Ted Hughes give us a short introduction to his poem “Wind” poem in “Poetry in the making”.
”On and off I live on a house on top of a hill in the Pennines, where the wind blows without obstruction across the tops of the moors. I have experienced some gales in that house, and here is a poem I once wrote about one of them. The grass of the fields there is a particularly brilliant watered green, and the stone walls of the enclosures that cover the hill-sides like great nets thrown over whales look coal black. The poem is simply called: Wind.”
The house referred to here is the house on top of a hill in the Pennines. The belligerent effects of the wind are underlined in the prescribed poem; as when it tends to get violent. The house is situated on top of a hill, therefore it is island-like in its solitude. The poet here describes it as a boat stranded on a stormy sea as he states: “This house has been far out at sea all night.” The pounding effects of the wind resembles that of a boat enraged at sea. The wind is so intense that it appears as though the storm is a prolonged one. The aggressive wind produces violent effects as though woods crash through the darkness, the thunder of the storms make it appear as though the hills are booming.
As the winds make their way across the field, and as one witnesses the same through the window, the fields appear to be crushed by a stampede. One is overwhelmed by the tremendous darkness. The phrase ‘blinding wet’ suggests that the storm is so full that it renders their vision blind to the landscape. It may also imply that owing to the impact of the storm, the blindings on the window have become wet.
The storm went on till the day rose. The word ‘rose’ in the phrase the “day rose”, may mean that the sun ‘rose’.It may also denote the ‘roseate colour’ of the sky owing to sunrise. Under the tremendous impact of the wind, one was forced to believe that the hills had new places. So sharp was the effect of the wind, that it appeared as though it wielded the light like a blade. The loud effect of the wind is likened to the luminous black and emerald lexing of a mad eye. Hughes brings out the vile surrealism in the image.
The field seems to be quivering owing to the overwhelming effects of the wind, the skyline (horizon) appears to be contorted. The skyline comes across as weak to the eye,in the presence of the fierce, reckless wind: it looks as though it may bang and flap like a strip of folded paper. The reckless wind flung a magpie away. The black gull undeterred in its purpose appeared to be bent like an iron bar gradually. So great was the will-power of the gull.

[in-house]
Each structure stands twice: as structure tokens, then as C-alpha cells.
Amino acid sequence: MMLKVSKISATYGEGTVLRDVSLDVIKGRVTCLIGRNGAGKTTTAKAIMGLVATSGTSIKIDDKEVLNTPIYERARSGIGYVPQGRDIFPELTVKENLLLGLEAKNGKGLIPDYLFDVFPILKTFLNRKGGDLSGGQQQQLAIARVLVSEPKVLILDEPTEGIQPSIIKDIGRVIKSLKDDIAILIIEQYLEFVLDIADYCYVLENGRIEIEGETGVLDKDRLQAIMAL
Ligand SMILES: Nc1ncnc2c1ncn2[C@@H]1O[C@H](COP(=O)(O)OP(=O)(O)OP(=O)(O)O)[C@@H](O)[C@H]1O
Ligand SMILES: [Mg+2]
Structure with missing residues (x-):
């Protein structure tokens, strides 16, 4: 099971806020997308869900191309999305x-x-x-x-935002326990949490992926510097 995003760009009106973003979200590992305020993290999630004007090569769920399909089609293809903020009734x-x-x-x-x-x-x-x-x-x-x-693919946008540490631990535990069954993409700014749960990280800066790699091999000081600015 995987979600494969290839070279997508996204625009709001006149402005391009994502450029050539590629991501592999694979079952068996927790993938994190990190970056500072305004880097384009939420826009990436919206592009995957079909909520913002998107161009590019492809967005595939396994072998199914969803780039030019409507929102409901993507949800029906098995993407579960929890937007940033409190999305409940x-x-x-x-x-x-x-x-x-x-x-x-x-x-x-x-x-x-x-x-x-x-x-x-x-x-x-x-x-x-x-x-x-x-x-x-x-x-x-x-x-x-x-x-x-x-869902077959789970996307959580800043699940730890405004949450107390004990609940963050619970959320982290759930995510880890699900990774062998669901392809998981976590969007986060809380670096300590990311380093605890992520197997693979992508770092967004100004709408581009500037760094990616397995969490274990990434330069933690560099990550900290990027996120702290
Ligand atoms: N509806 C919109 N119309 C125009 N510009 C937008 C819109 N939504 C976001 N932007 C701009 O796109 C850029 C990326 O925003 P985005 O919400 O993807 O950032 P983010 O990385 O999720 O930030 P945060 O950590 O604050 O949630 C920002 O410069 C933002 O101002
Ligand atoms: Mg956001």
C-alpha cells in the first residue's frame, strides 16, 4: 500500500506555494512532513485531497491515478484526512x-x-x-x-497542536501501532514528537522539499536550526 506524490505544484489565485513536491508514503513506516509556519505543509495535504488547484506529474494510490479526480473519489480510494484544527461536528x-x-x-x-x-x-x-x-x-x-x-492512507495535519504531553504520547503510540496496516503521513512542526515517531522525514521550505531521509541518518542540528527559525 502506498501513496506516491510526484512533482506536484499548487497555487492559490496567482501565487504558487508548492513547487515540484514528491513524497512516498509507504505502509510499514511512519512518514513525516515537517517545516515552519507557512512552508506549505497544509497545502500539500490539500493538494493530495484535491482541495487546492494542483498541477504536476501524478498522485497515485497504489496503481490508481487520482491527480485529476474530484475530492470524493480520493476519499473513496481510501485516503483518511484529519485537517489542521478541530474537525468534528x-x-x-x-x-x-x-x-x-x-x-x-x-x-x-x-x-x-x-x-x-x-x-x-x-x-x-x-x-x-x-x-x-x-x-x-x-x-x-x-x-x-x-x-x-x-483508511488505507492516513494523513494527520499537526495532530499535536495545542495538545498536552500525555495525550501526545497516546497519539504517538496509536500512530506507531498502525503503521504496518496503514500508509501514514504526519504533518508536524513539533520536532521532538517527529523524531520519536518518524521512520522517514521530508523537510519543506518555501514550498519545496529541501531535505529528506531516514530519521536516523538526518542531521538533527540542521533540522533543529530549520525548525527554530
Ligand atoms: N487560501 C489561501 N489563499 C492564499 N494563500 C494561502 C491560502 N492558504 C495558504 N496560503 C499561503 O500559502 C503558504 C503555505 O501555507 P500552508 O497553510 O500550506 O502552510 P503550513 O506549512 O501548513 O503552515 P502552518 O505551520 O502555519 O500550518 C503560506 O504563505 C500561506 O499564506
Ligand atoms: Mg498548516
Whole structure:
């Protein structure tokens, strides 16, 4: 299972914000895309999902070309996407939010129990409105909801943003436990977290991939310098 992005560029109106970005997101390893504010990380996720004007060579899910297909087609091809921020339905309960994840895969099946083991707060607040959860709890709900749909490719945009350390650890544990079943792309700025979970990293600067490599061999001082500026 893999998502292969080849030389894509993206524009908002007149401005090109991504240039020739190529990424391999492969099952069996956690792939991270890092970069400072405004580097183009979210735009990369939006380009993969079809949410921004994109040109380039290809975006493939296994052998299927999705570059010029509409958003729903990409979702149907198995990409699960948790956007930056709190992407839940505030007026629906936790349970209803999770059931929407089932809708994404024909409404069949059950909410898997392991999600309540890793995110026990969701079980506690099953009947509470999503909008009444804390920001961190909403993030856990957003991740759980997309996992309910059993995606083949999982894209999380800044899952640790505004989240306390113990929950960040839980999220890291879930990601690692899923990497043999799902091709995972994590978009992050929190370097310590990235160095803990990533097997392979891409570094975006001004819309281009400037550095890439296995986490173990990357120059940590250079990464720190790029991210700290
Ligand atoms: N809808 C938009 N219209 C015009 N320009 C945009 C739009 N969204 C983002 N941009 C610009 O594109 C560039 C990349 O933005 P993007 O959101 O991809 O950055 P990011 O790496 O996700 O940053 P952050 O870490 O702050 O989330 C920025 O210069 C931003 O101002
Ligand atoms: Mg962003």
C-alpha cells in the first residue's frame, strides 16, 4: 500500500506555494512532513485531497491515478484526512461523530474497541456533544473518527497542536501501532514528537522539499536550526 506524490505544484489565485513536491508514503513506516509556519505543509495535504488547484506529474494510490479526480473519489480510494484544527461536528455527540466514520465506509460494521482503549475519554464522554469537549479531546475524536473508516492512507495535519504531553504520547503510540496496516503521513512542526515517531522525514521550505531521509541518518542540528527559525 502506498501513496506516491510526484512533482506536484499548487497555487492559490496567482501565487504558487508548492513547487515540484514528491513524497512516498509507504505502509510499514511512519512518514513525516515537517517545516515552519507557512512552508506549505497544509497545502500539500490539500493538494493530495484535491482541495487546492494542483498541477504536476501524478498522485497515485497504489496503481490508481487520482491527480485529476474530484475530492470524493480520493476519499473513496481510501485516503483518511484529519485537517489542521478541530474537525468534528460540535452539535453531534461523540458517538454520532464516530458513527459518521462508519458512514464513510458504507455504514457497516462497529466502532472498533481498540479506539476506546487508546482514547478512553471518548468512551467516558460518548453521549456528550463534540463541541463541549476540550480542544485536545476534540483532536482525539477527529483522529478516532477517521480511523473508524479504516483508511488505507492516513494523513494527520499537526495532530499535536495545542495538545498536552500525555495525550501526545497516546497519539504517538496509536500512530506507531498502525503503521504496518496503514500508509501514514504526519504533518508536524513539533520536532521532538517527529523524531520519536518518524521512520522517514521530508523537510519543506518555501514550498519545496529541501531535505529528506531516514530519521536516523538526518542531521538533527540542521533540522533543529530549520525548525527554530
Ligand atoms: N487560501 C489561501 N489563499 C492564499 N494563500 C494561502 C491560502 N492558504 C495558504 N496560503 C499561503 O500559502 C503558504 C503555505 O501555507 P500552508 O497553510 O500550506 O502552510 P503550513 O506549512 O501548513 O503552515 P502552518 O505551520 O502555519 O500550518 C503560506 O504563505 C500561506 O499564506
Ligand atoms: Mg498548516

The poem has been described as an extended metaphor of Hughes’ turbulent relationship with Sylvia Plath. The recurring ‘green color’ in the poem may refer to an element of envy or jealousy in their relationship. They were aware of how fragile their relationship was like a delicate glass (green goblet).They sat in their chairs, a symbol of their domestic domain, and pondered upon the great fire or chaos in their relationship. Relationships could not be limited to thoughts, but must be expressive and practical. Neither could they be preset by two individuals in an association because Human nature could not be altered.
In such a stance, the external surroundings function as an objective correlative of their relationship. They could watch the fire blazing and the roots of the house (relationship) move on. Nevertheless, they had to sit on as they were bond to each other by the ties of matrimony. They could feel the fragile windows (a symbol of insight) close in. They could discern the stones, emblematic of fixity and stability, cry out in abandon. Human beings are powerless in the face of Nature. Here nature has two meanings –the outer manifestation of God’s grandeur, and inner nature. One cannot pre-define emotions, and predetermine relationships. Because, all these eventually depend upon Nature.
© Rukhaya MK 2010
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